The longer-run implications for the EU constitute a third dilemma. Should the UK be regarded as one of a kind, or will further concessions to the UK trigger a series of demands from other Member States for their own exceptions? If so, the shift from a two (or multi) speed model of integration towards the same objectives will be replaced by an à la carte model which many Member States would find unappealing. In resolving each of these dilemmas, the same question crops up: is retaining the UK in the EU worth the price that has to be paid? So far, the answer has been a qualified ‘yes’, albeit with clear signals that unrealistic demands will not be accommodated.
In UK labour law there is a concept of ‘constructive dismissal’ which refers to circumstances in which the employer makes life so unpleasant for the worker – for example by giving them demeaning tasks, or subjecting them to forms of bullying – that the latter quits. Where it is proven in an industrial tribunal, the employer becomes liable for having unfairly dismissed the employee, even though an actual firing did not occur.
This concept may be useful in examining how a Brexpulsion might occur. If the UK repeatedly finds its position on key political or policy issues rebuffed, or is excluded from decisions, it may be the Brits who pull out, but it will be for reasons akin to constructive dismissal. The UK government’s advice to employees who think they have a case for constructive dismissal therefore makes interesting reading:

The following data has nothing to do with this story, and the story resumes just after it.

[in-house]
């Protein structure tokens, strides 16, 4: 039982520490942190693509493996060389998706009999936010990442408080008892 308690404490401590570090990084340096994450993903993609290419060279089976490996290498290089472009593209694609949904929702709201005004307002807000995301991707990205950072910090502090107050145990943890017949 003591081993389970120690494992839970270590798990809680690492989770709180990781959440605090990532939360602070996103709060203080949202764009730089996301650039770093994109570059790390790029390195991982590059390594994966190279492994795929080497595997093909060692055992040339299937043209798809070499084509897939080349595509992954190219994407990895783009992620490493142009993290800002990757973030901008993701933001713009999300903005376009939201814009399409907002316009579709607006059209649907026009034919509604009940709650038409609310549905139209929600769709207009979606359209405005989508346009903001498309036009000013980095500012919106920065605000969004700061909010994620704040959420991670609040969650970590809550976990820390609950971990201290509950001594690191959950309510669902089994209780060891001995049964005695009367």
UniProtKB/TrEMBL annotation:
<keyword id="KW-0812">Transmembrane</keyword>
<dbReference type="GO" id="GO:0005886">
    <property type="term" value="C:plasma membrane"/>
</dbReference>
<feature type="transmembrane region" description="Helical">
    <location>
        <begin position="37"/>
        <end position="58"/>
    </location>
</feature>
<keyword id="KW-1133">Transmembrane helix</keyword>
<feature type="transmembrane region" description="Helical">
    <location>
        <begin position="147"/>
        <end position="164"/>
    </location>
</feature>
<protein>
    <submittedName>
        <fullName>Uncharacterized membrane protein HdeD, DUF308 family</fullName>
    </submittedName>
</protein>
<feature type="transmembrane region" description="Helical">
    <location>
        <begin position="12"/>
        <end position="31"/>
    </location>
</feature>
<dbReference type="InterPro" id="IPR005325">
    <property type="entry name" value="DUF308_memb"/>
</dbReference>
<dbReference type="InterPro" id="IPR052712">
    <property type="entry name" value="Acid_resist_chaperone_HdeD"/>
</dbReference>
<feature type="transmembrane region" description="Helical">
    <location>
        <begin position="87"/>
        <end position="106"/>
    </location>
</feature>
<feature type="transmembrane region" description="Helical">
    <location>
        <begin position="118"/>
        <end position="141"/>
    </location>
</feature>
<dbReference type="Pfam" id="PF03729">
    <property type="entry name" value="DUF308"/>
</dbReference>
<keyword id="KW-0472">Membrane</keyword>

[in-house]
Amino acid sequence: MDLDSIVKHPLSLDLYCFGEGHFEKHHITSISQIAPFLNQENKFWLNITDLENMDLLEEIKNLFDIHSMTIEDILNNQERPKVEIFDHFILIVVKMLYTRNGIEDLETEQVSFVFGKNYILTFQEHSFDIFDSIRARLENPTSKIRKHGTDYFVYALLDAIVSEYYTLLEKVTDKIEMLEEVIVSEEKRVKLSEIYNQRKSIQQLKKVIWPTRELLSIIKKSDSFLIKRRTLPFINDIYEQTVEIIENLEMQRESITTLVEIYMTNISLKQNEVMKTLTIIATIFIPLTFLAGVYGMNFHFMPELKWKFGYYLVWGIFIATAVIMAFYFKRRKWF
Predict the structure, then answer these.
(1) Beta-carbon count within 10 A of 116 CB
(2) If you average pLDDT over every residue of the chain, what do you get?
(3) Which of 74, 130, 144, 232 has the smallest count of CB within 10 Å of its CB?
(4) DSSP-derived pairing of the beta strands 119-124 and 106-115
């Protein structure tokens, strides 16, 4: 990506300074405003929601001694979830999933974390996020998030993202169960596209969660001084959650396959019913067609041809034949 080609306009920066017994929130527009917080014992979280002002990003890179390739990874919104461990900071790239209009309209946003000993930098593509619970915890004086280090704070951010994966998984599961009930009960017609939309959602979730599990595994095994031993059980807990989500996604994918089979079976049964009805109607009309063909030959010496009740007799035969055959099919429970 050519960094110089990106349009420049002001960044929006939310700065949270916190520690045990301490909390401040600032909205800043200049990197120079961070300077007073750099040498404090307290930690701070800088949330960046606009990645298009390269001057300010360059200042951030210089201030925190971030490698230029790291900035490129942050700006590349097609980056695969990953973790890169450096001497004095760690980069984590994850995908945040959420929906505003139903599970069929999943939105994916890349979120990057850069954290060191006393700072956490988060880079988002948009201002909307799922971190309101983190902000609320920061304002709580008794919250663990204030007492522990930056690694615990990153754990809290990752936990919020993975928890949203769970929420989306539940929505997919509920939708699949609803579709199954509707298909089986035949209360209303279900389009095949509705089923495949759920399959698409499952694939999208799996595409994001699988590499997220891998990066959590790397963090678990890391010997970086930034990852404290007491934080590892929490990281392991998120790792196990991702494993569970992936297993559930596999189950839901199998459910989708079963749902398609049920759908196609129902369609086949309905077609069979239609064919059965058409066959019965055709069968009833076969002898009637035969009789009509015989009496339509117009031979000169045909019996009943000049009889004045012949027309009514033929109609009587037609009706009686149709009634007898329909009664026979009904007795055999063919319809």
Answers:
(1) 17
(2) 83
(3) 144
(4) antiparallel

If you do have a case for constructive dismissal, you should leave your job immediately – your employer may argue that, by staying, you accepted the conduct or treatment.
If the constructive dismissal parallel holds, the implication may well be that the UK should jump out of the EU before being pushed, but there should be no doubt that it would still constitute Brexpulsion, rather than a reasoned choice to exit, because the patience of the UK’s partners will have become exhausted. We are still some way from such a scenario, but the illusion that the forthcoming referendum on Brexit is a choice for the UK voters alone needs to be dispelled. We have to talk about it.
Note: This article is an abridged version of a policy analysis published by the Swedish Institute for European Policy Studies. It was originally published on our sister site, the LSE’s EUROPP blog. Featured image credit: Number 10/Arron Hoare (Crown Copyright)
Iain Begg is a Professorial Research Fellow at the European Institute, London School of Economics and Political Science, and Senior Fellow on the UK Economic and Social Research Council’s initiative on The UK in a Changing Europe.